A way to interlace an octagonal prism

invented by a Copi basket maker in Southeast Mozambique


Paulus Gerdes

Centre for Mozambican Studies and Ethnoscience

Universidade Pedagógica

Maputo, Mozambique



Basket weavers in various parts of Southern Africa interlace buttons and handles in the shape of square prisms. The following photograph displays a basket I acquired, in 1977, in Ponta de Ouro in the extreme South of Mozambique. The basket has both a square-prism-shaped handle and two square-prism-shaped buttons.

Detail of the basket: A button with the shape of a square prism

Square-prism-shaped handles are common on Zulu baskets from the East of South Africa, as the following two examples in my collection illustrate:


Lid of a Zulu basket acquired in 2002: square-prism-shaped handle

At the end of July 2002, I saw, for the first time, a basket with a button with a distinctly different prism shape. On the streets of Maputo, the capital of Mozambique, a young man was selling two sets of similar handbags: one with the usual square-prism-shaped button and the other with a more rounded-off, circular type of button:

Handbag with ‘rounded off’ button

Close-up of the button

The seller told me that his uncle, a Copi speaking basket weaver from the South of the Inhambane province, had made the handbags. The shape of the button invented by the basket weaver is that of an octagonal prism:


Several close-ups of another ‘rounded-off’ button

Wherein does the invention of the Copi basket weaver lie?

Let us see, first of all, how a normal square-prism-shaped button can be made.

One starts with two strips of the same width and length:

One interlaces the two strips

One pulls the outstanding red part (F) over the first protruding green part (Z) and under the second green part (X), so that, after drawing tighter, a stable knot emerges:

This knot constitutes the first layer of the square-prism-shaped button. By folding and interweaving the protruding parts of the strips once more the second layer is built up, etc.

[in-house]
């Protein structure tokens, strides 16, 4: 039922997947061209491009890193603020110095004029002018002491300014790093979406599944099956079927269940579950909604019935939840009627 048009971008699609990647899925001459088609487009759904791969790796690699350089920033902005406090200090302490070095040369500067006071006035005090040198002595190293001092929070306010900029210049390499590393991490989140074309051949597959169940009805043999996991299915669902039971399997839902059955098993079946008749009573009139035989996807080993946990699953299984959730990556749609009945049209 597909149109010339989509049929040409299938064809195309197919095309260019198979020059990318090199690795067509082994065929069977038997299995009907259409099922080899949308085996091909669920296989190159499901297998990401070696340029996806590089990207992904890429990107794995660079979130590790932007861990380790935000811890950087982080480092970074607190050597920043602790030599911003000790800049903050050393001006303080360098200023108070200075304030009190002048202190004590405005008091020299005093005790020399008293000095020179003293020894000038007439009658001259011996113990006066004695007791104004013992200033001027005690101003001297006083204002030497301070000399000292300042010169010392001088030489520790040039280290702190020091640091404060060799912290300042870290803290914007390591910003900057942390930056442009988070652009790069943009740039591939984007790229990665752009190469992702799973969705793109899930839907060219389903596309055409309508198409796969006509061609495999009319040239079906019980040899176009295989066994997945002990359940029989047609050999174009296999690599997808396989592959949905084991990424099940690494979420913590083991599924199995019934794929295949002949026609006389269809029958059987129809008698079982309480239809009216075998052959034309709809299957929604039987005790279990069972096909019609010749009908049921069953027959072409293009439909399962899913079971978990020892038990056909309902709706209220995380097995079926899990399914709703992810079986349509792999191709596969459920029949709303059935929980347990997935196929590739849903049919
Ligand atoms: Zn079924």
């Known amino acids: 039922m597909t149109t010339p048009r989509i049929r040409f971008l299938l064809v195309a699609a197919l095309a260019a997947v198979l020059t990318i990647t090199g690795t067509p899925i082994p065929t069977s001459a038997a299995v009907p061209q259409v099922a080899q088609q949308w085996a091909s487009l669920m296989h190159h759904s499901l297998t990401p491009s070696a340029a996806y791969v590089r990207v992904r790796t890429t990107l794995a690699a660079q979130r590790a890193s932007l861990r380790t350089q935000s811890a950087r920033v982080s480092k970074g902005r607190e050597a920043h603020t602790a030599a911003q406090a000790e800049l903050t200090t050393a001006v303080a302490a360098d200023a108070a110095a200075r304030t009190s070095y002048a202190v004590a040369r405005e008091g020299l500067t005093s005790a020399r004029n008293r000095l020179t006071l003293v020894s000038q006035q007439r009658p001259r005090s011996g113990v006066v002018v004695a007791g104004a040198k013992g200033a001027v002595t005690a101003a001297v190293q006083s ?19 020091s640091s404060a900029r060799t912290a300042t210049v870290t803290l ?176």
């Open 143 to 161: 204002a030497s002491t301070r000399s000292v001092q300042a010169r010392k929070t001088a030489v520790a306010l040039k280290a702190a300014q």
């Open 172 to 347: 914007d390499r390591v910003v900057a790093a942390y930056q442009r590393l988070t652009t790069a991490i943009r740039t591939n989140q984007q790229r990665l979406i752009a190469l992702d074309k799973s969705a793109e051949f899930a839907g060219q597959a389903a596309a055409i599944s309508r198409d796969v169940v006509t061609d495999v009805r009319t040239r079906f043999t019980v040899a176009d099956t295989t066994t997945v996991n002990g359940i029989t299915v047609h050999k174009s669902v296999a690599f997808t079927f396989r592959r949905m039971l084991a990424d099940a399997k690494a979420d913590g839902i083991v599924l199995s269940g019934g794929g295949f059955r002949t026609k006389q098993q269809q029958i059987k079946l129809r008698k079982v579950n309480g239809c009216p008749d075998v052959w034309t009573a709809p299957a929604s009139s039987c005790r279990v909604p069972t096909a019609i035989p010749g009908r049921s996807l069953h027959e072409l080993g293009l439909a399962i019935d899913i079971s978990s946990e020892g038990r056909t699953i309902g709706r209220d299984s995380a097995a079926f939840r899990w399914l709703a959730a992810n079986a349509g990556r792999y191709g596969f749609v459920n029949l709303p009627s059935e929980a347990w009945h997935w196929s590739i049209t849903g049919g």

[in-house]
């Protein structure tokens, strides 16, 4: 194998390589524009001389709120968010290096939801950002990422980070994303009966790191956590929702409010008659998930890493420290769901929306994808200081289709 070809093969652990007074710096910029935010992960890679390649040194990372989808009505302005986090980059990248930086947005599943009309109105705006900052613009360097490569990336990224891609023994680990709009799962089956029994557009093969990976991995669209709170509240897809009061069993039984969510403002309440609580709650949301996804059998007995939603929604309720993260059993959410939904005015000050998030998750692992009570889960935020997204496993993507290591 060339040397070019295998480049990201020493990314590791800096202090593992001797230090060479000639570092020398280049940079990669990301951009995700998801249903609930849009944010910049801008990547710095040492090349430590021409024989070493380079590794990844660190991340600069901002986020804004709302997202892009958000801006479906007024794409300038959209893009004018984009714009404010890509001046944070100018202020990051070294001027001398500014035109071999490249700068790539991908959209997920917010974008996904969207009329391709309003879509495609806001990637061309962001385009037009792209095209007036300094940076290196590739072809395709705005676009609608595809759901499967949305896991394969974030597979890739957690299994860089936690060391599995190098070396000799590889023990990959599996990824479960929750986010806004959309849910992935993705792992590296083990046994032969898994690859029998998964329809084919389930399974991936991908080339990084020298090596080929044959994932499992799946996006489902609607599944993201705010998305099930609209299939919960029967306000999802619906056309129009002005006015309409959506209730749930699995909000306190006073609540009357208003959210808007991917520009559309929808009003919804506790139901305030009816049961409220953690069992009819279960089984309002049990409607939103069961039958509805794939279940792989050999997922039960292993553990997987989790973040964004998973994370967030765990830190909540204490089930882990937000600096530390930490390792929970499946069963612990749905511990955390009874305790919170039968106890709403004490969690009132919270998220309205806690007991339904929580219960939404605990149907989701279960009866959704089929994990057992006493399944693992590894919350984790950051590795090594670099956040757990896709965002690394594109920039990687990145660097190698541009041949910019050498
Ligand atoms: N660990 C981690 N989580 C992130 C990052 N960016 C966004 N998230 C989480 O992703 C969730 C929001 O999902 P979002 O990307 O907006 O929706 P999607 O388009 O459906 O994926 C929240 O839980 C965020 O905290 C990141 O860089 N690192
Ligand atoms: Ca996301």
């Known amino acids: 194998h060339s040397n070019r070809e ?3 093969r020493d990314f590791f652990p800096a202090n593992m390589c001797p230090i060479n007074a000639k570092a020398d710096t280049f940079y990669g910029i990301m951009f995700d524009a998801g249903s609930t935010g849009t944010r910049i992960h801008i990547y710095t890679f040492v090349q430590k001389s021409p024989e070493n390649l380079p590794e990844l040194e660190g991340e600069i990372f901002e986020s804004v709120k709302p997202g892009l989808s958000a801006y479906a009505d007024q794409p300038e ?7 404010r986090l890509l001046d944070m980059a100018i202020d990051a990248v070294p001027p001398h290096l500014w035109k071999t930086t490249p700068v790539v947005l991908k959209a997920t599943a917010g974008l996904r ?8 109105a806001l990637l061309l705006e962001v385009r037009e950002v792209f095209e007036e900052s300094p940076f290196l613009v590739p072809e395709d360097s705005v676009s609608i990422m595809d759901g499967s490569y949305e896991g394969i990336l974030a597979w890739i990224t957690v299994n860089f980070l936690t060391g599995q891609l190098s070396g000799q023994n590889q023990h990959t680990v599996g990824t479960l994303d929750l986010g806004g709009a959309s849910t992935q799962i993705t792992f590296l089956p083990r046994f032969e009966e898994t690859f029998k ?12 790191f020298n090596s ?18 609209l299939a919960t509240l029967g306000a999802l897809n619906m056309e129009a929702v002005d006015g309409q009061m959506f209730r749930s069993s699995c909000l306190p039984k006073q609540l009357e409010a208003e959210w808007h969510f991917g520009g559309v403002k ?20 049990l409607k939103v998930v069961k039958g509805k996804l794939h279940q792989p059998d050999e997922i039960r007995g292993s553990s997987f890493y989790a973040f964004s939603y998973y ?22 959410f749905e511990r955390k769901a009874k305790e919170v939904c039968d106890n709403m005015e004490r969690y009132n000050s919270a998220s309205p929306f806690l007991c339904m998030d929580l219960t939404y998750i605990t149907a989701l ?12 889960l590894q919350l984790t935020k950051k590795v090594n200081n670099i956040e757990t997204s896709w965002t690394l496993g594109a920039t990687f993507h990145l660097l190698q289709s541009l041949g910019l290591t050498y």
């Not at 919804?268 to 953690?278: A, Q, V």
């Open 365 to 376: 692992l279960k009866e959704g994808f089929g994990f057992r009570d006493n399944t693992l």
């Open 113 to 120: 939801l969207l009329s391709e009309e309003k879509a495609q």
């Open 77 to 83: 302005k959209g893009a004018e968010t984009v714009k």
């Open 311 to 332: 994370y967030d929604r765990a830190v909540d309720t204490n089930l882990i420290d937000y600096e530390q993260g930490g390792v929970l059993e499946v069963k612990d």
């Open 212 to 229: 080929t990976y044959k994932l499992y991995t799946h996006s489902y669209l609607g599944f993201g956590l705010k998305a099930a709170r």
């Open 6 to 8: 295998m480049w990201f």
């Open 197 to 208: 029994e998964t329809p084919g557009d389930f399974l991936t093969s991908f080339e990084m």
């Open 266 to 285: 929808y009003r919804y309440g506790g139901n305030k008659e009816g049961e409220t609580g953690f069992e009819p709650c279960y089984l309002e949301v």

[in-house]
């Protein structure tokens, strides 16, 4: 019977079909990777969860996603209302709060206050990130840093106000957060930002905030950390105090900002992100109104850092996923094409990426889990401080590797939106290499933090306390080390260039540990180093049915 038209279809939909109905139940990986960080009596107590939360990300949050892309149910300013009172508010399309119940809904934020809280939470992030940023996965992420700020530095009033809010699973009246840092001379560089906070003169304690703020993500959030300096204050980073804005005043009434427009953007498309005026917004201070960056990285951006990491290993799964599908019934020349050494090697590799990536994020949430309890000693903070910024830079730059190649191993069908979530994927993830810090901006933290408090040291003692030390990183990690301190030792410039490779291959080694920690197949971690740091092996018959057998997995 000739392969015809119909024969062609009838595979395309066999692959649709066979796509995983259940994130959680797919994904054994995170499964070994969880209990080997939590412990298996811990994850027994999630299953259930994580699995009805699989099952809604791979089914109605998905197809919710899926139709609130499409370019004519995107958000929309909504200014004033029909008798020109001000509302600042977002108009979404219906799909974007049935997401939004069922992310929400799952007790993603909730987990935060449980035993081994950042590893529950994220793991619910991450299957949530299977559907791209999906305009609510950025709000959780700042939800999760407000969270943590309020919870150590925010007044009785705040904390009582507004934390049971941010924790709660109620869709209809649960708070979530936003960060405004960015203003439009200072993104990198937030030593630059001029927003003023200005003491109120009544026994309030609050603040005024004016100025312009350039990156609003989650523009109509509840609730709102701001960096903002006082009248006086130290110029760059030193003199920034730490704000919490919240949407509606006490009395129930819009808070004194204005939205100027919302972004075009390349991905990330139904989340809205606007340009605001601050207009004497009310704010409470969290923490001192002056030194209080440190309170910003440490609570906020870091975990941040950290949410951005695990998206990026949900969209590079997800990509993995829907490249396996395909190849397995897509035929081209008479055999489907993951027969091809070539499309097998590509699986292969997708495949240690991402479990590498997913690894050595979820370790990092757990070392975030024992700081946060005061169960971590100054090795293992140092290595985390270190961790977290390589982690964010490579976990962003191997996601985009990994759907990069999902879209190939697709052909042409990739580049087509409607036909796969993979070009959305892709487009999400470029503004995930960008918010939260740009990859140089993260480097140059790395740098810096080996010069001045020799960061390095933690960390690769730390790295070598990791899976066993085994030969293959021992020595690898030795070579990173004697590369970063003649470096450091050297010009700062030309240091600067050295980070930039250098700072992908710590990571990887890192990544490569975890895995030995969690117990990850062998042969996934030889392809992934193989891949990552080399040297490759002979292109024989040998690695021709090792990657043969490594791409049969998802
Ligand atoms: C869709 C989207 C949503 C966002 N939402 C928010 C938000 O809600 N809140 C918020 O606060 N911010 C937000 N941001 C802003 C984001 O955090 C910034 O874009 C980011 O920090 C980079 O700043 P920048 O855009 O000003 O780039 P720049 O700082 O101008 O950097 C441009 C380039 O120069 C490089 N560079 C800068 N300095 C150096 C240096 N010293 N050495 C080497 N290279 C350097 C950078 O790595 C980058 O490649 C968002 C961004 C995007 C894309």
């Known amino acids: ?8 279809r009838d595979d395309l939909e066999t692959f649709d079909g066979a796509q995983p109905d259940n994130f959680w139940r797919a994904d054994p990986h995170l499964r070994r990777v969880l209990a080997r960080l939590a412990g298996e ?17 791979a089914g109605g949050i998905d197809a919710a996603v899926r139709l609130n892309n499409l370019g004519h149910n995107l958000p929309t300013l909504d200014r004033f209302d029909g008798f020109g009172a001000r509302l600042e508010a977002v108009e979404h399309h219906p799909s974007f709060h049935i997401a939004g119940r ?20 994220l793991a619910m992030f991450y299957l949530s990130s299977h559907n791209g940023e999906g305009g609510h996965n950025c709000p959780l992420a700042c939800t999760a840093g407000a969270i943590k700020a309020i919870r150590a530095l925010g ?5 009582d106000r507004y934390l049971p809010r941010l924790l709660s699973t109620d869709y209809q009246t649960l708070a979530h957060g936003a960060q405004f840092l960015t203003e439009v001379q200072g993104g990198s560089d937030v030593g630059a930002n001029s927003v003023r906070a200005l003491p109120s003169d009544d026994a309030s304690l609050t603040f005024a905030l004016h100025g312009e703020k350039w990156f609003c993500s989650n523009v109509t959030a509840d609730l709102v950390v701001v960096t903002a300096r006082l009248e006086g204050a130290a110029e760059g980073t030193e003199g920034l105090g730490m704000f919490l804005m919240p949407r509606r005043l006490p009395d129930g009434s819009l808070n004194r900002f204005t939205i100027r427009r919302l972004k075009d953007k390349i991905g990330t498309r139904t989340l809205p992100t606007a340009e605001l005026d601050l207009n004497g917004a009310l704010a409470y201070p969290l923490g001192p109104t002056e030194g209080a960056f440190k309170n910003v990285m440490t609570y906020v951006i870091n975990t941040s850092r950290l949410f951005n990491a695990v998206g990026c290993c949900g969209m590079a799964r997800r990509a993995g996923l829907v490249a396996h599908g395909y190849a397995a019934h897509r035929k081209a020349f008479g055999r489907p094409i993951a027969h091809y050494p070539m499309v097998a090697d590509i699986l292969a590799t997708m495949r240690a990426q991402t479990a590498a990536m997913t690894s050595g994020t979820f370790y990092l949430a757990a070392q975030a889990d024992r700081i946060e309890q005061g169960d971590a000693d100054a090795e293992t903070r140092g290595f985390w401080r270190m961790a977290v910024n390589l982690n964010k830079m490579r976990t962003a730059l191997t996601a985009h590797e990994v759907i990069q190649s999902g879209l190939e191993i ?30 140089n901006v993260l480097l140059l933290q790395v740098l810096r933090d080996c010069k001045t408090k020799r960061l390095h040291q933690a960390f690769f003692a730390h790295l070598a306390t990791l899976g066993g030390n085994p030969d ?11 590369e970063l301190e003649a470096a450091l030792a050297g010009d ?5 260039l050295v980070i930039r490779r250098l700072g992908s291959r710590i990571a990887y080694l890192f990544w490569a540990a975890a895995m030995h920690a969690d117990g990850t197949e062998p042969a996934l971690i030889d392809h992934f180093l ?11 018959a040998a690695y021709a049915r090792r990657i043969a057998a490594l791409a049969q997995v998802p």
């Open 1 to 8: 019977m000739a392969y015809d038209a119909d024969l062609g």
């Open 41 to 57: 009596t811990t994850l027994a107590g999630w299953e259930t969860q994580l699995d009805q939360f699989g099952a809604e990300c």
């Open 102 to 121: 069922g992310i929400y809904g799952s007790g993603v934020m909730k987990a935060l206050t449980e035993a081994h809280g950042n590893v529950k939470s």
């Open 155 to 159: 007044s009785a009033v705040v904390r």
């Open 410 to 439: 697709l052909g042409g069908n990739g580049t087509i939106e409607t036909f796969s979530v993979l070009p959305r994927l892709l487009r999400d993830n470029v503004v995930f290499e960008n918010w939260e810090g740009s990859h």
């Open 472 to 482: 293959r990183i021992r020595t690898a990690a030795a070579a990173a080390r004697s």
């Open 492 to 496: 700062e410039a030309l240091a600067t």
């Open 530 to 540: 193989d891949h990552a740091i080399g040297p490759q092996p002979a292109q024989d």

The other face of the stable knot looks like the following, as may be seen on the first basket:

The octagonal-prism-shaped button may be interlaced / plaited basically in the same way as the square-prism-shaped button. The only difference lies in the fact that, from one layer to the next, the artisan changes the direction of the strip parts by 45 degrees. The change of direction results from folding each protruding strip part in such a way that its outer edge passes, after the folding, through the centre of the square so that it becomes an inner edge at this stage:


Let us follow the first steps of the interlacing process. To make it clearly visible, the basic knot consists of cardboard strips of four colours:

Now the red strip changes direction by 45 degrees:


The blue strip is folded in the same way:

The green strip is folded similarly, going over the red and under the blue strip:


To conclude the first layer of the octagonal-prism-shaped button, one folds the yellow strip, and pulls it over the blue and under the red strip:

After interlacing a few more layers, our octagonal-prism-shaped button made out of four cardboard strips looks like:

The octagonal base of the button invented by the Copi basket weaver is a regular octagon, as can be proven in many ways.

Various attractive forms to explore and incorporate this Copi invention and innovation into mathematics (teacher) education may be conceived. One interesting question to ask the students is how to prove that the constructed octagon is a regular octagon (cf. the booklet: Paulus Gerdes, Prazer na Geometria: Um belo botão do Sul de Moçambique [Pleasure in Geometry: A beautiful button from the South of Mozambique], Maputo, 2002).

From 2003 until today, I have not seen any more handbags with the octagonal-prism-shaped button. The usual square-prism-shaped button continues to be used every day.


Maputo, February 2010